In my highly professional opinion, cream cheese frosting is the most superior of the “American-style” frostings, which are made by whipping fat—like butter and shortening—with powdered sugar. (European-style frostings are made with fat, sugar, and eggs.) Homemade cream cheese frosting balances out the cloying sweetness of plain ol’ frosting by adding (surprise!) tangy cream cheese, which also makes this frosting softer and more spreadable. And in the supermarket baking aisle, Duncan Hines Creamy Cream Cheese Frosting is the best on the shelf.

It should be noted that, being a shelf-stable frosting, Duncan Hines Creamy Cream Cheese Frosting does not contain any cream cheese; instead, it uses flavorings and additives to (sorta) replicate its flavor. It does succeed in replicating the texture: a spoon easily glides right through it, like softened ice cream. It’s not a perfect replacement for homemade cream cheese frosting, but it’ll certainly do in a pinch.

Best Vanilla Frosting: Duncan Hines Creamy Vanilla Frosting

Photo:  Allison Robicelli
Photo: Allison Robicelli

I am recommending Duncan Hines Creamy Vanilla Frosting not because it’s great, but because it was the best of the vanilla frostings I taste tested. It doesn’t taste much like vanilla, and what it does taste like, I struggle to describe. It is painfully sweet and slightly chemical—not the scary “cleaning fluid” type of chemicals, but the kind in cheap junk food with no counterpart in nature.

If you want true vanilla flavor, I suggest whipping Duncan Hines Classic Buttercream with a small amount of pure vanilla extract, to taste. If you’re dead-set on store-bought vanilla frosting, this is the best you can settle for.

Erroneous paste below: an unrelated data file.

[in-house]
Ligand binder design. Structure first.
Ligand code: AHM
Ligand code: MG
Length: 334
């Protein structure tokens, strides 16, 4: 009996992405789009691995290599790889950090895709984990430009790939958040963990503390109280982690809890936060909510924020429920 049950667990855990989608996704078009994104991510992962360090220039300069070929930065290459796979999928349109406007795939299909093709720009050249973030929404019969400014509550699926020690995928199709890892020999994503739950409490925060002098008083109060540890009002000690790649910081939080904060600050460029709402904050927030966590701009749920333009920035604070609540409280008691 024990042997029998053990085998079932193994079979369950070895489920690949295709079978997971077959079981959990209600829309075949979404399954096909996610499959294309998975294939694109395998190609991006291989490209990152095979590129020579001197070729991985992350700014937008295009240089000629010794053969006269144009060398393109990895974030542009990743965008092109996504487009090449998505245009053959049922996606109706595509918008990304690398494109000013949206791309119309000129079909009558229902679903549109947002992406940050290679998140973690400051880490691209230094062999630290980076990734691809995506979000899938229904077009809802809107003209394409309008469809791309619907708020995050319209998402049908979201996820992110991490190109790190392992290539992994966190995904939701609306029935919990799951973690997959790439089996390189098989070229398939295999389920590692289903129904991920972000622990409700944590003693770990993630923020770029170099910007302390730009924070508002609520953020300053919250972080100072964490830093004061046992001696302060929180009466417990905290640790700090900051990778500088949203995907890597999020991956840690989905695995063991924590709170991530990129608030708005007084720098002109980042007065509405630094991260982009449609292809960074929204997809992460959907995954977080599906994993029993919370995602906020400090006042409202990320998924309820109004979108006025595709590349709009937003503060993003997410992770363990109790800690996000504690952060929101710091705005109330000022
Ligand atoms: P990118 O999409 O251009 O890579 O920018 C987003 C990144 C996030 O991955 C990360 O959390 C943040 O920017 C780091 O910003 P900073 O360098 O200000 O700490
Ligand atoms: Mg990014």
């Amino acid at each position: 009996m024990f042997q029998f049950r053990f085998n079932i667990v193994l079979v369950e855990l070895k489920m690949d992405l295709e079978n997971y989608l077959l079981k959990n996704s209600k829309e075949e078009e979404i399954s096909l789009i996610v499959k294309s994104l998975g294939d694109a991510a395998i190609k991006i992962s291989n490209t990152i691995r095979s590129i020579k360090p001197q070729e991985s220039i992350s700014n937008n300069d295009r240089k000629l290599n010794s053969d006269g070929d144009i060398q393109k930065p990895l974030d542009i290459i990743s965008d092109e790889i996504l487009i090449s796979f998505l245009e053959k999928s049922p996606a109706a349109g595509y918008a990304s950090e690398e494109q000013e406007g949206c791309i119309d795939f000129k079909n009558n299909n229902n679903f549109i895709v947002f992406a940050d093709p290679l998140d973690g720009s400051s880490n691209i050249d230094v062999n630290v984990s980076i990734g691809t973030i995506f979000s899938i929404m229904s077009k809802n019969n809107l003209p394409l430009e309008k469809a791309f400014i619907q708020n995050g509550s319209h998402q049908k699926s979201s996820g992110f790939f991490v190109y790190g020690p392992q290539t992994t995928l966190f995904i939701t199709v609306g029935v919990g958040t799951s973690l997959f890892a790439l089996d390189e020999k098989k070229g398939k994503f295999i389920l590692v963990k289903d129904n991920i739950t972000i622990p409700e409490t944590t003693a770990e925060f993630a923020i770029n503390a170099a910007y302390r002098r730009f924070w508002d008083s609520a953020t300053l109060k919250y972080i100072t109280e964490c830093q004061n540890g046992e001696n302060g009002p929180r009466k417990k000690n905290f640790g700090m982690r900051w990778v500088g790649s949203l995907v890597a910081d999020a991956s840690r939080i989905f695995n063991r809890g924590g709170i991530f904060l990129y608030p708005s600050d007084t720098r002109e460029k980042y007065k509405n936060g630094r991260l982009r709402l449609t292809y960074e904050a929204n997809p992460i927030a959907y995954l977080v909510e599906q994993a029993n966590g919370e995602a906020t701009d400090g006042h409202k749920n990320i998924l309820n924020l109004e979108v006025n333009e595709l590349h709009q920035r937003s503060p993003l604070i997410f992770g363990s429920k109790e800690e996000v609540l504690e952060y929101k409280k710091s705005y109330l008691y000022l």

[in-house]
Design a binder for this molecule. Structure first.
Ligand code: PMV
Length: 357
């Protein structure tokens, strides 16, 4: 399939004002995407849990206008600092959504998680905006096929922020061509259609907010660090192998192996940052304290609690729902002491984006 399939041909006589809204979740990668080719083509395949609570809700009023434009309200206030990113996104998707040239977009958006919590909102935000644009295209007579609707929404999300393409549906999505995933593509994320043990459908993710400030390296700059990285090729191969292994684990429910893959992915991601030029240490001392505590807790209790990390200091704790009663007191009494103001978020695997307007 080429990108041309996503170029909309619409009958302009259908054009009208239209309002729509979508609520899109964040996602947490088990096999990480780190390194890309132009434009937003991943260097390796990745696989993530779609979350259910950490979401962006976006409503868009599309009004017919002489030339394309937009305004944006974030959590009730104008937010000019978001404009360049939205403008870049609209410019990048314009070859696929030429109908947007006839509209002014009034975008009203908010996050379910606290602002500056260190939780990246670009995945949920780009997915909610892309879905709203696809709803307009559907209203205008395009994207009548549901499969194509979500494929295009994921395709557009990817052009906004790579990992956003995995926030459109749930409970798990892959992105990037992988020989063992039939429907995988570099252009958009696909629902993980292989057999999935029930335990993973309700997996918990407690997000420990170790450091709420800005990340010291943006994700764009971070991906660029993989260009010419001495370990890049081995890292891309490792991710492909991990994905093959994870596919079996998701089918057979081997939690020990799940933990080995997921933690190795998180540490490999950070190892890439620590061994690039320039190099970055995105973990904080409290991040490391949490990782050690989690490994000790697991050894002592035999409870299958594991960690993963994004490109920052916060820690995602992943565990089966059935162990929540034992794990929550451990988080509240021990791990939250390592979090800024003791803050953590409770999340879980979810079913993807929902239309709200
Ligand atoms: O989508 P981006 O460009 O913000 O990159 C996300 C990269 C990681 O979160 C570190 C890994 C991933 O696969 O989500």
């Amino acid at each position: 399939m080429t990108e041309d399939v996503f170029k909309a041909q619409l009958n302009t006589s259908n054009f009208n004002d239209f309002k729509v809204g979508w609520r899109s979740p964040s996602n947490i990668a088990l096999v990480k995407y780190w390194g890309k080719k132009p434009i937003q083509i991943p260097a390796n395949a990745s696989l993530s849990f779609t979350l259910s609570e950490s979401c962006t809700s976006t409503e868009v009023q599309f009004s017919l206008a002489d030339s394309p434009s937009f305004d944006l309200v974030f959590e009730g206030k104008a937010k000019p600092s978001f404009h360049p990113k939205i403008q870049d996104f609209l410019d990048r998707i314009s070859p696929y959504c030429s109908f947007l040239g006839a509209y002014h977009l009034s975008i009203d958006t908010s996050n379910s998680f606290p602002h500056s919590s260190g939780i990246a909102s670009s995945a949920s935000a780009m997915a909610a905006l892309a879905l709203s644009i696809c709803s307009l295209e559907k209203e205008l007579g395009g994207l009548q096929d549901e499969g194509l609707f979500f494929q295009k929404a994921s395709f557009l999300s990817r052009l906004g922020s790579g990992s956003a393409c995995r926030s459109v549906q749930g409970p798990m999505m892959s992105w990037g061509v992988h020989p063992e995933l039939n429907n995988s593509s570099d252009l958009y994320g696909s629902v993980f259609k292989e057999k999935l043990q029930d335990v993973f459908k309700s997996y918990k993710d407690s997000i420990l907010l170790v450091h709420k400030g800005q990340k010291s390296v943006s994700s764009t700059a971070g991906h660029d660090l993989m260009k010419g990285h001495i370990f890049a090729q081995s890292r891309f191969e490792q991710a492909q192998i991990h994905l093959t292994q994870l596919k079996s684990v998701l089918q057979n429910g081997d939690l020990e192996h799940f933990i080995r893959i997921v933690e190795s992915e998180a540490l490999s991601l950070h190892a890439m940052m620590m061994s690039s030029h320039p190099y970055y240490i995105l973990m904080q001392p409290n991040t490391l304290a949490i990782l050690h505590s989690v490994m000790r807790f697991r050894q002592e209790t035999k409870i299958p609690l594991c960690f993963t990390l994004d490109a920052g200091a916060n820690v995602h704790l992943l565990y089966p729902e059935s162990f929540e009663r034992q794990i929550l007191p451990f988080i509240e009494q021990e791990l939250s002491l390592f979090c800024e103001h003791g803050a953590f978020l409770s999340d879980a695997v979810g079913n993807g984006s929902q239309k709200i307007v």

Best Chocolate Frosting: Betty Crocker Rich & Creamy Dark Chocolate Frosting

Photo:  Allison Robicelli
Photo: Allison Robicelli

Chocolate frosting is the most competitive category in the whole frosting market. There are plain chocolate frostings, milk chocolate frostings, dark chocolate frostings, and chocolate fudge frostings, and after trying a whole bunch of them, I can tell you with confidence that there is not much of a difference between them all outside of overall quality.

These I tested in a bracket system with three categories (milk, dark, and “other”), with the winners going head-to-head in a fully blind taste test. The second and third place frostings aren’t even worth mentioning, because Betty Crocker Rich & Creamy Dark Chocolate Frosting blew them so far out of the water I’m not sure where they landed.

Betty Crocker Rich & Creamy Dark Chocolate Frosting is, in my opinion, the only canned chocolate frosting worth considering. It is, true to the label, rich and creamy, smooth like the center of a truffle without a hint of grit. Unlike its many inferior competitors, this frosting mostly tastes of chocolate (not sugar or chemicals), with flavor as intense as homemade chocolate fudge. I can’t believe I’m saying this, but the next time I make chocolate cake or sandwich cookies, I might skip making my own frosting and use a can of this instead. It really is that good.